Editorial: Block Trump plan to pump Delta water south to the Central Valley," by Mercury News and East Bay Times' editorial boards: "Every scientific study of the Delta has yielded the same result: The only way to preserve its health and water quality is to allow more fresh water to run through it, not less." Story
Commentary: Senator's creative tax plan faces many pitfalls," by CALmatters' Dan Walters: "[Kevin] De León's plan would give California taxpayers the option of converting their state income tax payments into charitable donations to the state since the new federal tax law doesn't change the law on charitable deductions." Story
Is it finally time to allow California legislative staff to unionize?" by Cap Radio's Ben Adler: "Legislative employees are "at-will:" no job protection. And that's drawn particular scrutiny in recent months amid allegations of pervasive sexual harassment in and around the state Capitol." Story
Analysis throws cold water on California's federal tax cap work-around, but law professors deepen their case," by East Bay Times' Katy Murphy: "Letting Californians donate to their state instead of paying some of the taxes they owe is "unlikely to succeed" as a workaround for the new federal $10,000 cap on state and local deductions, a new report from a nonprofit tax policy group has concluded." Story
California storm follows fires, bringing new round of danger," by AP's Andrew Dalton: "The same Californians who had to flee from huge wildfires in recent months now have to handle hard rains that bring another type of danger. Storms dumped rain and increased the risk of mudslides in fire-ravaged communities. Northern California was hit hardest Monday evening, while Southern California was bracing for the worst to arrive overnight. Both regions have been plagued with destructive wildfires." Story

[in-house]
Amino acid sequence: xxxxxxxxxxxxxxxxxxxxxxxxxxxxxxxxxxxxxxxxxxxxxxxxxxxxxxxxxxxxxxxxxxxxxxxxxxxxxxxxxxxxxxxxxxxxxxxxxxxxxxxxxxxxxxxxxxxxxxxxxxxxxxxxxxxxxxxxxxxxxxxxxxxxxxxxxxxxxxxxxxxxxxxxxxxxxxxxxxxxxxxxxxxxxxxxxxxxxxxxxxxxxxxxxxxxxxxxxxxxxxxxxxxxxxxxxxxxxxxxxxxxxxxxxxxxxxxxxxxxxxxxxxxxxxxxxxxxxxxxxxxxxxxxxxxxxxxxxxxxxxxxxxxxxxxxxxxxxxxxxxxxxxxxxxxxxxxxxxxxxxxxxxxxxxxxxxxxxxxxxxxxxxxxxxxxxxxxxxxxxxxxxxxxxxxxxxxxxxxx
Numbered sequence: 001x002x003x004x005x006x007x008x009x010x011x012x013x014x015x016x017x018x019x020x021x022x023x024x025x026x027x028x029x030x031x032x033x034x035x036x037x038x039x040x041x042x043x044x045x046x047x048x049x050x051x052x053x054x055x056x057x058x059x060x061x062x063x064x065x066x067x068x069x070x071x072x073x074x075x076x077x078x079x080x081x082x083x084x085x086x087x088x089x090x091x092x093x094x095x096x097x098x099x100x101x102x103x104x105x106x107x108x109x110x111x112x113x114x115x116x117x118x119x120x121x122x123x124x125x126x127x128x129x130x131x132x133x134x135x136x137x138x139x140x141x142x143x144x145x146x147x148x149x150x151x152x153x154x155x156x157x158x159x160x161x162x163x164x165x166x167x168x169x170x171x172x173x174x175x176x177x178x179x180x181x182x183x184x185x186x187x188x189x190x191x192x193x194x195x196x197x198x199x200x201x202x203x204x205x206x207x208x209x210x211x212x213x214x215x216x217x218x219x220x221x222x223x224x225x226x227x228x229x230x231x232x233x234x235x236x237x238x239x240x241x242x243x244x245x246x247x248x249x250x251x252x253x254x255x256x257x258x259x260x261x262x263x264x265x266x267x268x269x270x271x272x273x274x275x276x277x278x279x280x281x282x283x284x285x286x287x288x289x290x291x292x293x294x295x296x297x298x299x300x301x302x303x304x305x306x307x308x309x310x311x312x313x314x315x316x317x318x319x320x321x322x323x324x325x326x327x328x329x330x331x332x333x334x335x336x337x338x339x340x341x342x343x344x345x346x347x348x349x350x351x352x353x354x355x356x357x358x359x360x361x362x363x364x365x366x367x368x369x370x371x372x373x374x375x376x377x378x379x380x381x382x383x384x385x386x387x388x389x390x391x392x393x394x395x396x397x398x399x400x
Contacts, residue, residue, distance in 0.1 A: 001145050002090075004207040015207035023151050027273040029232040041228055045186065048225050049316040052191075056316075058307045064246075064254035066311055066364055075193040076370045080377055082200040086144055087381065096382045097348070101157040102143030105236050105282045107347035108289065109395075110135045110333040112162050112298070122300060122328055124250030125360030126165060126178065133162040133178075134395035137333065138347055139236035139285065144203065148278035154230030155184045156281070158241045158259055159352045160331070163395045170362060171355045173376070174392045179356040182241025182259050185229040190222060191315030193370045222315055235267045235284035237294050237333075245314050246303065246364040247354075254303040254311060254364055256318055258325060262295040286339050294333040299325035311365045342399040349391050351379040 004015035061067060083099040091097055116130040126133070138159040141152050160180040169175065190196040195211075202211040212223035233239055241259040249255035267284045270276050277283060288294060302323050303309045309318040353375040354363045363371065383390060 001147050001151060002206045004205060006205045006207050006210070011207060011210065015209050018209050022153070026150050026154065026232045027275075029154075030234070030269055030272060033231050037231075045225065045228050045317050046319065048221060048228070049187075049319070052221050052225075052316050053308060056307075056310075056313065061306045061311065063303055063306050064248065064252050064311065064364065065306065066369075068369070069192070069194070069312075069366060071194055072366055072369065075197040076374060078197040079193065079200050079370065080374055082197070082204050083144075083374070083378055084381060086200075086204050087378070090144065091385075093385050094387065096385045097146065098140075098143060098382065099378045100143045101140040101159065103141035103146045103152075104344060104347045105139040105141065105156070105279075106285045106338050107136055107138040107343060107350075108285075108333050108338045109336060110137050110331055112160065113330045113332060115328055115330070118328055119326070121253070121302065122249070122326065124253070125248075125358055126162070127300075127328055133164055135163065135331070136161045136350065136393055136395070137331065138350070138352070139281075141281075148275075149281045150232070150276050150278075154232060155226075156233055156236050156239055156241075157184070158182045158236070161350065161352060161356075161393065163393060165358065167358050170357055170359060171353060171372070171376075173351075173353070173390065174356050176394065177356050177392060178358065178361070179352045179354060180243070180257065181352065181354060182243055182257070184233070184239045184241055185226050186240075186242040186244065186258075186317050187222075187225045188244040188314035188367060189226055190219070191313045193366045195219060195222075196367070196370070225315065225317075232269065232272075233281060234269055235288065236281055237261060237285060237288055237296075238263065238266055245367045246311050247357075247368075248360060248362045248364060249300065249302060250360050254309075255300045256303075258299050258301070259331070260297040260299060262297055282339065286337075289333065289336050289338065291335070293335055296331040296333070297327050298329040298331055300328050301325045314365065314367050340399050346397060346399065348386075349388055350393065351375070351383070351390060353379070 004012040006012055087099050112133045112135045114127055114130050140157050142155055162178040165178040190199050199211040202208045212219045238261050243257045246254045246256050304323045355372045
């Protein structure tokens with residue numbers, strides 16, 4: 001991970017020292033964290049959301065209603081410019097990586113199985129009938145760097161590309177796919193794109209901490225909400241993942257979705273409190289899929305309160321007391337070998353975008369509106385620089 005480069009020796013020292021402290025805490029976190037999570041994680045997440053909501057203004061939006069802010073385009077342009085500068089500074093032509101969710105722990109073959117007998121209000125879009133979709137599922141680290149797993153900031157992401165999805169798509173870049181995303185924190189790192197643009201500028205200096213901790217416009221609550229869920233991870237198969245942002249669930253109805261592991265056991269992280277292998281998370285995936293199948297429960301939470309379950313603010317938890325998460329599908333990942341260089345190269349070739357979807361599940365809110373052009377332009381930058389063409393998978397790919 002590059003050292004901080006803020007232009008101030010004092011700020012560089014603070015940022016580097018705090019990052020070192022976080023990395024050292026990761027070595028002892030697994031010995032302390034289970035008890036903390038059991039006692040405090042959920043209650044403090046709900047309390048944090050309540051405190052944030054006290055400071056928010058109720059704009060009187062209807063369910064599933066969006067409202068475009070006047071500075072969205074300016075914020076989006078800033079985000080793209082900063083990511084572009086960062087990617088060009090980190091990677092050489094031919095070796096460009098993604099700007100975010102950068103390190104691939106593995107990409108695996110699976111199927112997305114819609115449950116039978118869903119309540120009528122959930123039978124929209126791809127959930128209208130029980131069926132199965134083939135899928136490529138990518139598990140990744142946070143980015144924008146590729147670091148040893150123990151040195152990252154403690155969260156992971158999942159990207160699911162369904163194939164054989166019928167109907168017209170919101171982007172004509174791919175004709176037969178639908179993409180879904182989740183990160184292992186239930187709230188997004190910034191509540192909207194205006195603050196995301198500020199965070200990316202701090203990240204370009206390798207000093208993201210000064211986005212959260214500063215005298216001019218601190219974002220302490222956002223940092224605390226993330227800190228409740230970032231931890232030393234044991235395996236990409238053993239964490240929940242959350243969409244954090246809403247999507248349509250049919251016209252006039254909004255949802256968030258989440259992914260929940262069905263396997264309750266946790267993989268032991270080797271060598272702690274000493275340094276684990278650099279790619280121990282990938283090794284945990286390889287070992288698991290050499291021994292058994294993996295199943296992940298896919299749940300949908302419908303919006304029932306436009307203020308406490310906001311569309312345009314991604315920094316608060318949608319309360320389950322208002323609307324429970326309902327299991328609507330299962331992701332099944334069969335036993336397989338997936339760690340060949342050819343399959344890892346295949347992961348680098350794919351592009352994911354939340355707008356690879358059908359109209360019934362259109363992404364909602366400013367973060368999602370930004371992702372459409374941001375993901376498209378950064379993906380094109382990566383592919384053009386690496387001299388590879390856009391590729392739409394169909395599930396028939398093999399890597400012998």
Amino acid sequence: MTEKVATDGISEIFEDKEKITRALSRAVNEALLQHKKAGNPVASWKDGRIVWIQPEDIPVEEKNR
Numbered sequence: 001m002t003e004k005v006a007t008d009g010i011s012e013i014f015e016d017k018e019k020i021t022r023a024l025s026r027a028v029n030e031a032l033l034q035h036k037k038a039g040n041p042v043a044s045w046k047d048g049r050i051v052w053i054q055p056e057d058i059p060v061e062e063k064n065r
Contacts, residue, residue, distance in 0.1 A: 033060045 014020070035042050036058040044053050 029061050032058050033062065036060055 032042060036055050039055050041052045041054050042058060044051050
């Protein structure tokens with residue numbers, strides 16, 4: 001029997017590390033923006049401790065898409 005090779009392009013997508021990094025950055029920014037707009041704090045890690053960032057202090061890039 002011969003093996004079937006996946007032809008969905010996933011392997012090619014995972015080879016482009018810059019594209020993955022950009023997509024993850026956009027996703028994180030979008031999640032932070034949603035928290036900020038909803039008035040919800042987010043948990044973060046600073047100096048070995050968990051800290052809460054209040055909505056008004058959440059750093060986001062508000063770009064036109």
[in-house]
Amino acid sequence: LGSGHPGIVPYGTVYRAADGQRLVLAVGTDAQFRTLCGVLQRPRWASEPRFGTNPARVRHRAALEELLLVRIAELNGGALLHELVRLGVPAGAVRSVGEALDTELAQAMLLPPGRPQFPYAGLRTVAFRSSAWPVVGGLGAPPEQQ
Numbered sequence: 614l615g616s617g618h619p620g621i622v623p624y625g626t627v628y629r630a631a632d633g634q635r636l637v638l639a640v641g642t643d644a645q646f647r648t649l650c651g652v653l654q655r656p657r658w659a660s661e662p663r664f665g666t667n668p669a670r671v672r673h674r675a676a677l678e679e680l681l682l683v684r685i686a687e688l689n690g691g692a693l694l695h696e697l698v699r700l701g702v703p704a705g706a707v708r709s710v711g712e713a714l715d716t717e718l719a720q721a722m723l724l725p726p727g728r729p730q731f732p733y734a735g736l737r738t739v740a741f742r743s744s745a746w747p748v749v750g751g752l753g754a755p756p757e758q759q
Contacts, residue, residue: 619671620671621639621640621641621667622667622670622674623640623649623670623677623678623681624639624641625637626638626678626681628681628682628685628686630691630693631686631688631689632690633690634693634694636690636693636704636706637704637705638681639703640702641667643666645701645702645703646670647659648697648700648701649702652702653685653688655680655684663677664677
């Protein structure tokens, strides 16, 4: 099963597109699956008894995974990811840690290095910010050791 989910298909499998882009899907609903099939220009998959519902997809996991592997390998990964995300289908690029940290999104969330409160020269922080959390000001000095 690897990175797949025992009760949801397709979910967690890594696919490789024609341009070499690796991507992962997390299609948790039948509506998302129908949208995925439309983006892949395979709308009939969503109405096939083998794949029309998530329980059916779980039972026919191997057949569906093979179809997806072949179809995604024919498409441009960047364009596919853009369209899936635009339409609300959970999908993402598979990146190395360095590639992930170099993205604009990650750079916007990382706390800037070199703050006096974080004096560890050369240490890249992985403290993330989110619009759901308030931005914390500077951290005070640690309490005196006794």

Did Jeff Sessions just increase the odds Congress will make marijuana legal?" by James Higdon for POLITICO: "Thursday may well turn out to be a pivotal moment in the marijuana industry's evolution as a political force. Nearly 70 percent of Americans believe in some form of legalized marijuana, but does the nascent industry have the sway to rewrite nearly 50 years of federal drug policy?" Story
Coachella bans marijuana, despite it being legal in California," by NME's Tom Connick: "The ruling comes after marijuana was legalised in California on January 1 2018. Despite the state-wide ruling, local jurisdiction still has final say, and the city of Indio - home of Coachella - has opted to keep the drug illegal." Story
Wine mogul Dave Phinney poised to transform Mare Island with distillery," by Esther Mobley for SFChronicle: Story
Environmental groups push for plastic bottle cap modifications in California," by ABC7: Story
Flu epidemic is overwhelming California ERs, as death toll climbs," by SF Business Times: Story
'Smoke and Stay' at Mike Tyson's Luxury Cannabis Resort in California," by 7x7's Jen Woo: Story
Democrats on both coasts cry foul after Trump administration exempts Florida from offshore drilling plan," by LATimes' Gray Rohrer and Matt Pearce: "Democratic officials in California and New York accused the Trump administration of unfair partisan treatment Tuesday after Interior Secretary Ryan Zinke exempted Florida from expanded offshore drilling - under pressure from the state's Republican governor - without offering similar exemptions to other coastal states." Story
'Human source' in Trump orbit contacted FBI, Fusion GPS co-founder told senators," by POLITICO's Kyle Cheney: "Sen. Dianne Feinstein (D-Calif.) on Tuesday unexpectedly released the transcript of congressional investigators' August 2017 interview with Fusion GPS co-founder Glenn Simpson, whose firm was behind a controversial dossier alleging ties between President Donald Trump and Russians." Story
Political agenda keeps Trump and Congress apart on a fix for immigrant 'Dreamers'," by LATimes' Lisa Mascaro: "A compromise deal that once appeared within reach - passage of the Dream Act coupled with some enhanced border security measures - now appears to have slipped as the administration backtracks on Trump's earlier agreement with Democratic leaders and piles on fresh demands." Story
Push to reverse FCC rollback of net neutrality rules gets Senate boost," by Levi Sumagaysay: "Since the FCC voted to repeal the rules last month, Sen. Ed Markey, D-Massachusetts, has led an effort to reverse the decision under the Congressional Review Act, for which he needed 30 sponsors. Monday, Sen. Claire McCaskill, D-Missouri, tweeted that she is that 30th co-sponsor." Story